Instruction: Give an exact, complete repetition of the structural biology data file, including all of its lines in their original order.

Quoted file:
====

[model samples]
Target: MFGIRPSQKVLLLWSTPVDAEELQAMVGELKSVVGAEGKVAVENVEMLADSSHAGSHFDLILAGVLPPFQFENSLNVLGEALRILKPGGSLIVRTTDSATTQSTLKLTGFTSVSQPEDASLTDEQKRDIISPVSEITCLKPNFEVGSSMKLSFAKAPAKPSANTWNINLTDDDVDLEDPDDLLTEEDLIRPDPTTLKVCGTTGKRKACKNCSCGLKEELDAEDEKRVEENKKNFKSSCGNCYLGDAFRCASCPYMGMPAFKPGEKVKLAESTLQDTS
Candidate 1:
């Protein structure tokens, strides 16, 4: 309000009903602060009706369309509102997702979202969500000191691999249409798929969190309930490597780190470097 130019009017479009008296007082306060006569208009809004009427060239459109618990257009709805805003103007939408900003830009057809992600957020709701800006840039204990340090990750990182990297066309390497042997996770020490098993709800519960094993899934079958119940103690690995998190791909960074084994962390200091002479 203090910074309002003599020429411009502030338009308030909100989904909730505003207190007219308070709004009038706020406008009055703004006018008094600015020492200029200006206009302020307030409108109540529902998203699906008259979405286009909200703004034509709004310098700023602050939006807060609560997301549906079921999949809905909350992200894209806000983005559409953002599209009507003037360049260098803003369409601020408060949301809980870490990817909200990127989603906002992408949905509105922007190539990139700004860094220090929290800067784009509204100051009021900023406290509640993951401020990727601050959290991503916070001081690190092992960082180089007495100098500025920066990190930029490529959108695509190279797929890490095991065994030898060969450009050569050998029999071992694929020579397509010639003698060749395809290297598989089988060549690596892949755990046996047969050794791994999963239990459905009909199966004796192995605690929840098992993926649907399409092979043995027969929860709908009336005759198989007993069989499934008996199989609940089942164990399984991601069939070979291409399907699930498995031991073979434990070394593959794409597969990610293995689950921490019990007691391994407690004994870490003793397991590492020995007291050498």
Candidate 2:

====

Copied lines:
[model samples]
Target: MFGIRPSQKVLLLWSTPVDAEELQAMVGELKSVVGAEGKVAVENVEMLADSSHAGSHFDLILAGVLPPFQFENSLNVLGEALRILKPGGSLIVRTTDSATTQSTLKLTGFTSVSQPEDASLTDEQKRDIISPVSEITCLKPNFEVGSSMKLSFAKAPAKPSANTWNINLTDDDVDLEDPDDLLTEEDLIRPDPTTLKVCGTTGKRKACKNCSCGLKEELDAEDEKRVEENKKNFKSSCGNCYLGDAFRCASCPYMGMPAFKPGEKVKLAESTLQDTS
Candidate 1:
């Protein structure tokens, strides 16, 4: 309000009903602060009706369309509102997702979202969500000191691999249409798929969190309930490597780190470097 130019009017479009008296007082306060006569208009809004009427060239459109618990257009709805805003103007939408900003830009057809992600957020709701800006840039204990340090990750990182990297066309390497042997996770020490098993709800519960094993899934079958119940103690690995998190791909960074084994962390200091002479 203090910074309002003599020429411009502030338009308030909100989904909730505003207190007219308070709004009038706020406008009055703004006018008094600015020492200029200006206009302020307030409108109540529902998203699906008259979405286009909200703004034509709004310098700023602050939006807060609560997301549906079921999949809905909350992200894209806000983005559409953002599209009507003037360049260098803003369409601020408060949301809980870490990817909200990127989603906002992408949905509105922007190539990139700004860094220090929290800067784009509204100051009021900023406290509640993951401020990727601050959290991503916070001081690190092992960082180089007495100098500025920066990190930029490529959108695509190279797929890490095991065994030898060969450009050569050998029999071992694929020579397509010639003698060749395809290297598989089988060549690596892949755990046996047969050794791994999963239990459905009909199966004796192995605690929840098992993926649907399409092979043995027969929860709908009336005759198989007993069989499934008996199989609940089942164990399984991601069939070979291409399907699930498995031991073979434990070394593959794409597969990610293995689950921490019990007691391994407690004994870490003793397991590492020995007291050498």
Candidate 2: